UC Santa Cruz’s swimming and diving team has its sights set on victory this week at the Pacific Collegiate Swim and Dive Conference (PCSC) Regionals. The event, held this Wednesday through Saturday at East Los Angeles Community College, makes up the four most important days of the entire six month season for the 52 men and women competing.
“It all comes down to conference,” sophomore Kelley Henderson said.
PCSC includes institutions from the National Association of Intercollegiate Athletics (NAIA) and all three divisions of the NCAA. The schools gather to compete for the PCSC championship and a chance at qualifying for their respective national championships.
The conference championship meet is where the coaches and swimmers focus all of their attention. In the peak of its season, the team practices nine to 11 times per week with practices as early as 6 a.m., which makes for about 20 hours a week in the water preparing for this week’s tournament.
“For the season, we try to get our athletes in a perpetual state of fatigue so that they never quite recover,” said head coach Kim Musch. “We ask them to swim that way in meets, so they are tired and they have to find a way to be faster. Then at the end of the season when we rest them, we look for super compensation, where we finally let them get recovered.”
This recovery — referred to as “tapering” — combines a reduction in accumulated fatigue by decreasing the intensity of the workout and providing athletes with more than adequate rest time so athletes can perform at their highest intensity during a race. It is a tapering off of intensity and an increase in recovery.
For about three weeks, the coaches have been decreasing the intensity and the distance their athletes swim at practice. This helps the swimmers focus and specialize on the specific events they will be competing in.
“Throughout the whole year you get killed with yardage, it’s a struggle to walk up any stairs,” said junior transfer Salvador Anguiano. “But now [with tapering], you a lot of energy, but you can’t spend all that energy doing anything extraneous.”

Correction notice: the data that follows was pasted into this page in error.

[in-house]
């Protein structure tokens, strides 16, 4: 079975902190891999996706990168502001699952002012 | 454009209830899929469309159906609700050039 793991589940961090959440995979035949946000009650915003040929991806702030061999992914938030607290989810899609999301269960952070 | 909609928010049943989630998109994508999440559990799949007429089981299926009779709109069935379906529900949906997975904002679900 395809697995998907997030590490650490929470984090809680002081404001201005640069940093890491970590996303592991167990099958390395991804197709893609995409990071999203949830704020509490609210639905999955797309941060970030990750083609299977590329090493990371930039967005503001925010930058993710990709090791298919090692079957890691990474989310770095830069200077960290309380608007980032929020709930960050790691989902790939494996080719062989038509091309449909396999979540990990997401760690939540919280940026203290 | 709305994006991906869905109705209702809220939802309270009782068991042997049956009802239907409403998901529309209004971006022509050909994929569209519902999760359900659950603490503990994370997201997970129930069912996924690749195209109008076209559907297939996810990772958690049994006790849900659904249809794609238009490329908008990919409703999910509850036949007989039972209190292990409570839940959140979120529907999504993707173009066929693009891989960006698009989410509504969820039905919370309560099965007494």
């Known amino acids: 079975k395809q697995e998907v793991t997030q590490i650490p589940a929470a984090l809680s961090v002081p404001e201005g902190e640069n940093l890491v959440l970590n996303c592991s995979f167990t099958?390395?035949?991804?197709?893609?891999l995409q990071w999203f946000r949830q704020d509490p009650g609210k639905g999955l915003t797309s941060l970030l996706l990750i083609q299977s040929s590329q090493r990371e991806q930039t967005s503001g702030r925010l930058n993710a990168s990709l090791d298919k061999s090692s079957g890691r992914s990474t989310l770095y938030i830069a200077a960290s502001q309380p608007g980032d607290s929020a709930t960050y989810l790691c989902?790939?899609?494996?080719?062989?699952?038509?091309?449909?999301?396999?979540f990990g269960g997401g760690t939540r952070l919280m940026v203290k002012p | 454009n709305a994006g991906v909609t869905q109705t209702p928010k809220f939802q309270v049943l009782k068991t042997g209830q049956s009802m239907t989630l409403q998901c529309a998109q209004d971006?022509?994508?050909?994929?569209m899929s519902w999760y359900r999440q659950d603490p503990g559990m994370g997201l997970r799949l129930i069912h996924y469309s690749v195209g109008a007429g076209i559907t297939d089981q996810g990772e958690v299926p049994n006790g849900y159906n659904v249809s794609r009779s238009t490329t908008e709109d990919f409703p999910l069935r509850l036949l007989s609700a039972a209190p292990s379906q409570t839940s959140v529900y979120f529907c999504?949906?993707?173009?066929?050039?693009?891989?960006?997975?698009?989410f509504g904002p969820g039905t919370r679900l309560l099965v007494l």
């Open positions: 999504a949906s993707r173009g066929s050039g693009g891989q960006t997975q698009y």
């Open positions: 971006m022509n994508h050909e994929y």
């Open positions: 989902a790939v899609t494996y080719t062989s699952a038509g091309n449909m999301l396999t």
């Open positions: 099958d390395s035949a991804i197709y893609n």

This has been an adjustment for Anguiano, who sacrificed some personal hobbies in preparation for regionals.
“For me, I love surfing and I have to put that aside for about three weeks. I can’t run, workout or do anything outside of practice. It has been difficult for me but I know it’s going to pay off,” Anguiano said.
Other swimmers have been preparing and sacrificing in other ways. For sophomore Casey Colella, it means eating healthier and cutting out “land” workouts. Freshman Ryan Springer-Carter stopped shaving mid-November to shed some valuable time off her events.
“Our overall goal, ideally, is to have each individual athlete swim their lifetime best time in every race they swim. That’s a pretty lofty goal, but that’s what taper does, it puts our athletes in the best position to perform their best at this last meet,” said assistant coach Matt Nauman. “Some people are shooting for team records while others are aiming toward the NCAA meet.”
The team has two athletes with a strong chance of making nationals and many more on the hunt to make B cuts. Swimmers who make A cuts earn an automatic place in the NCAA meet, while the B cuts are invited depending on the ranking of their qualifying time.
The male swimmer most likely to qualify for the NCAA meet is Colella, who competes in the breaststroke and individual medley. In his freshman year, he made the B cut but was not selected for the national meet.
“We think Casey Colella has a very strong chance of qualifying for the NCAA meet,” Nauman said. “He didn’t quite sneak in last year, but we are hoping that this year he will be a little bit quicker and maybe get an A cut. Fingers crossed.”
On the women’s side, freshman Ryan Springer-Carter is hoping for NCAA qualification. She will compete in the 50-meter freestyle, 100-meter freestyle and 100-meter butterfly. Springer-Carter is looking to break UCSC’s records in the 50 and 100 freestyle and is feeling the pressure of regionals.
“I am really nervous, I am trying to put a lot of pressure on myself to go fast,” Springer-Carter said. “I am really close to some of the school records in the 50 and 100 free, so I need to do my absolute best.”